The Big Sick (Lionsgate, R)

It’s fresh and funny and emotionally satisfying, and that’s more than enough for a summer movie.

Kumail (Kumail Nanjiani) is an Uber driver by day, a stand-up comedian by night. He lives in a grungy Chicago apartment with another aspiring comedian and pays regular visits to his family in the suburbs, who have little understanding of his show-biz aspirations and think he should just go to law school already. You may be thinking you’ve heard this story before, but you really haven’t, because Michael Showalter’s The Big Sick achieves an unexpected complexity by combining elements of multiple genres—rom-com, immigrant drama, backstager, medical drama, and bildungsroman among them—and rather amazingly makes it work most of the time.

One night, a young woman named Emily (Zoe Kazan) interrupts Kumail’s act. He speaks to her about it later, and before you know it, they’re hopping into bed. Neither wants to be in a relationship right now, so of course that’s exactly what they end up doing. Emily reveals that she is a graduate student in psychology, and somewhat later in the game that she is divorced. Kumail, however, is harboring an even bigger secret—his parents want him to marry a Pakistani woman, and he hasn’t told them about Emily. When Emily learns this, she sees it as a betrayal, and they break up.

That would be that, except that Emily is struck down by a mysterious disease. With her parents living in North Carolina, and her school friends busy with exams, it falls on Kumail to go to the hospital and (most improbably) pretend to be her husband to give permission for her to be put into a medically induced coma. This is the first of several improbabilities regarding the medical aspects of the plot (another is that no one discusses insurance or costs), but they must be overlooked the same way you must stifle questions about how a grad student could afford so spacious and well-furnished an apartment as the one Emily lives in.

Emily’s medical crisis brings Kumail in contact with her parents Beth (Holly Hunter) and Terry (Ray Romano). They have heard Emily’s version of the affair and are not at all pleased to see Kumail at the hospital, but he simply refuses to leave and, in the most transformative subplot in this film, eventually the three of them come to terms with each other. Meanwhile, Kumail continues to lie to his parents (Anupam Kher and Zenobia Shroff) and brother (Adeel Akhtar), pretending to be open to an arranged marriage with one of the many Pakistani girls that just happen to be in the neighborhood each evening when the family is sitting down to dinner.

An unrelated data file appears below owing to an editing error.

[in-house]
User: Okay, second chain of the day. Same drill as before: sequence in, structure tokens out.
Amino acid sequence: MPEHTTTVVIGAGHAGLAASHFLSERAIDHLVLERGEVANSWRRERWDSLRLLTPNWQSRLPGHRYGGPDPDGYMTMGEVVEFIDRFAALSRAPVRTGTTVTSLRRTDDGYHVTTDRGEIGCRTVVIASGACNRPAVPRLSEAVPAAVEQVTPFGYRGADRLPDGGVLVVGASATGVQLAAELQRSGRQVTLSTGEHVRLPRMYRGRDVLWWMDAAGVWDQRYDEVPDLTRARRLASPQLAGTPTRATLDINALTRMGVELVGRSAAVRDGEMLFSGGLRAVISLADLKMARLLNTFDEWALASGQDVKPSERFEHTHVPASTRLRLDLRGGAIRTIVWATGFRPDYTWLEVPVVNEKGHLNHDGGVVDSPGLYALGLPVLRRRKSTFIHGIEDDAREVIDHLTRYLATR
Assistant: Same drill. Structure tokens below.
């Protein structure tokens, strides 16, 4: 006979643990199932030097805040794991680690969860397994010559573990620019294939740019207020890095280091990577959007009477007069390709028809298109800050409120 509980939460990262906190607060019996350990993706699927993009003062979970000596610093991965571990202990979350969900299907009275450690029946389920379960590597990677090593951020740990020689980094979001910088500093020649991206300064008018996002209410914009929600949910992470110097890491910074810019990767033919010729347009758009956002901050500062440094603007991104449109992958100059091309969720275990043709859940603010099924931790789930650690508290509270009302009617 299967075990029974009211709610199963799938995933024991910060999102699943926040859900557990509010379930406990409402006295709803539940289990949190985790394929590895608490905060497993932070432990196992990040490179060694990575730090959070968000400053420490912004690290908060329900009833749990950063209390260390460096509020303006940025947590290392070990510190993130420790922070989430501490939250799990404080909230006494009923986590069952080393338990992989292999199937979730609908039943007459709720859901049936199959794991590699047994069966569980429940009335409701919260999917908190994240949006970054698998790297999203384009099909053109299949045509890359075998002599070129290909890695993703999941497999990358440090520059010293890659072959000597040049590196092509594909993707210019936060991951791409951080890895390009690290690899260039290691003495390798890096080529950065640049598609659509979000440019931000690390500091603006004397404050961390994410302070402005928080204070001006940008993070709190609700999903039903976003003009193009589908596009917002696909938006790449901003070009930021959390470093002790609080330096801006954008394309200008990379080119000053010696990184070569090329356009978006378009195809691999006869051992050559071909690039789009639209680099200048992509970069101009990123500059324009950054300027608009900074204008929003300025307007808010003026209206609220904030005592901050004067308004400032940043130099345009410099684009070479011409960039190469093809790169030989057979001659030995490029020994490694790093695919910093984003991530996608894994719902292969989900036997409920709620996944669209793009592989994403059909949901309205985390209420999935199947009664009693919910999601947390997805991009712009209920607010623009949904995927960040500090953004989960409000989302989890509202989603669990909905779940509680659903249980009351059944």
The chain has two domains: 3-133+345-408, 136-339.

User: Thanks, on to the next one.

Kumail is caught in a dilemma common to many immigrants. He loves his family and appreciates the many sacrifices they made so he and his brother could have a better life in America. At the same time, he wants to claim the freedom America promises for himself, and that includes the right to choose his own marriage partner, without regard to her ethnicity. His parents don’t see it that way at all—to them, some traditions are too important to give up, and one of those is that their son will have an arranged marriage with a Pakistani woman. They speak of another relative who married a white woman and was essentially banished from the family, and that threat is always hanging over Kumail’s head. In fairness, The Big Sick also makes it clear that Kumail is really being a jerk by pretending to be going along with the process of an arranged marriage, and one of the potential brides is given the opportunity to tell him off in no uncertain terms. Whatever freedoms Kumail thinks he is lacking, it’s far worse for his female contemporaries, a fact to which he seems to have given no thought at all.  

The screenplay for The Big Sick was written by Nanjiani and his wife Emily V. Gordon, based on events from their lives. Turning your own life into material for a show is the most stand-up thing in the world, but it’s seldom done as skillfully as in this film. By way of contrast, bad stand-up acts, and bad joke-telling in general, are regularly skewered in The Big Sick, providing some of the film’s most cringingly funny moments (it easily passes the Mark Kermode six-laugh test, many times over). Kumail makes himself the butt of the joke early in the film, performing a dreadful one-man show that exemplifies everything that is wrong with his approach to comedy.

The Big Sick is not a perfect film, but it’s a very good one. Like most Judd Apatow productions, it’s too long and contains multiple scenes that could easily have been cut (the fast-food confrontation and the red herring about moving Emily come immediately to mind). Still, it’s fresh and funny and emotionally satisfying, and that’s more than enough for a summer movie. | Sarah Boslaugh

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